• Have your blood cholesterol levels checked regularly by your doctor.
    • Eat a high-fibre diet.
    • Reduce your intake of saturated fats .
    • See your doctor for information and advice. Medications may be recommended.

    Stroke And High Blood Pressure

    Stroke is a leading cause of death and severe, long-term disability. Most people whove had a first stroke also had high blood pressure .

    High blood pressure damages arteries throughout the body, creating conditions where they can burst or clog more easily. Weakened arteries in the brain, resulting from high blood pressure, put you at a much higher risk for stroke which is why managing high blood pressure is critical to reduce your chance of having a stroke.

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    What Do Published Guidelines Say About Management Of Physiological Variables

    summarizes the recommendations from published American, European, and Australian stroke treatment guidelines, regarding management of physiological parameters after acute stroke. There is general consistency across the guidelines, with some minor differences, generally in areas in which there is a lack of strong evidence to guide practice.

    What Can I Do To Prevent Or Manage High Blood Pressure

    Pin on Heart Health

    Many people with high blood pressure can lower their blood pressure into a healthy range or keep their numbers in a healthy range by making lifestyle changes. Talk with your health care team about

    • Getting at least 150 minutes of physical activity each week
    • Not smoking
    • Managing stress

    Learn more about ways to manage and prevent high blood pressure.

    In addition to making positive lifestyle changes, some people with high blood pressure need to take medicine to manage their blood pressure. Learn more about medicines for high blood pressure.

    Talk with your health care team right away if you think you have high blood pressure or if youve been told you have high blood pressure but do not have it under control.

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    Why Does Blood Pressure Matter

    • High blood pressure can have many harmful effects which can eventually lead to stroke.
    • High blood pressure puts strain on blood vessels all over the body including arteries to the brain.
    • High blood pressure can accelerate the build-up of plaque on the artery walls, weakening the walls of the arteries i nyour brain which can cause stroke.

    Type 2 Diabetes And Stroke

    People with type 2 diabetes don’t have enough insulin in their bodies, which converts sugar from food into energy. Over time this can lead to increases in fatty deposits or clots on the inside of blood vessel walls. If untreated or undiagnosed, these clots can narrow or block the blood vessel walls in the brain, cutting off blood supply to the brain and causing a stroke.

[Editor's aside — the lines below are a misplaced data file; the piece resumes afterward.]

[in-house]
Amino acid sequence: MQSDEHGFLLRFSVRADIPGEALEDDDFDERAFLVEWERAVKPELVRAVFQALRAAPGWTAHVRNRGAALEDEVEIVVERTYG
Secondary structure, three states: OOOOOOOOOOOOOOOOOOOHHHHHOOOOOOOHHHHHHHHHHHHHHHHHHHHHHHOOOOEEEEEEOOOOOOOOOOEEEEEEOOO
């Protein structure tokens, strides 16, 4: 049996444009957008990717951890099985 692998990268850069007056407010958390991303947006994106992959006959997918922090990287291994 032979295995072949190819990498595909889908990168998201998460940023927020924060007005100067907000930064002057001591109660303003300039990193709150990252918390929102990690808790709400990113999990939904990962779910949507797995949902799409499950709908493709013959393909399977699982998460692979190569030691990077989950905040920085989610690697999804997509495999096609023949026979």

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    Does High Blood Pressure Cause Tingling

    High blood pressure can lead to a tingling sensation in your hands. If your blood pressure is too high, it can lead to a tingling sensation in your hands. An increase in blood pressure can causes your blood vessels to swell if the nerves in your hands are near these swollen blood vessels, they can become somewhat pinched.

    What Is Hypertension

    Does stress cause stroke?

    The force that blood exerts on your blood vessels is your blood pressure, and when its measured, the reading is expressed in two numbers: systolic over diastolic. Systolic, the top number, is the number that represents blood pressure when your heart beats. Diastolic, the bottom number, is your blood pressure between beats while the heart relaxes for a moment before beating again. In general hypertension or high blood pressure is above 130/80.

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    What You Can Do

    If you get your blood pressure under control, you can cut your chance of having a stroke by almost half. Talk to your doctor about whether medication would help. You can also aim to:

    • Eat less salt, sugar, and saturated fats . Avoid artificial trans fats . Eat more fiber, fruits, and leafy green vegetables
    • Get to a healthy weight. A big belly, compared with your hip size, is one sign of too much fat on your body.
    • Stop smoking. If you already smoke, quitting will help lower your odds for stroke.
    • Limit alcohol. Drinking too much can raise your blood pressure.
    • Exercise regularly. Aim for 30 minutes of aerobic activity, such as brisk walks, 5 times a week.
    • Lower your stress. Studies show constant stress makes you more likely to have a stroke or a TIA.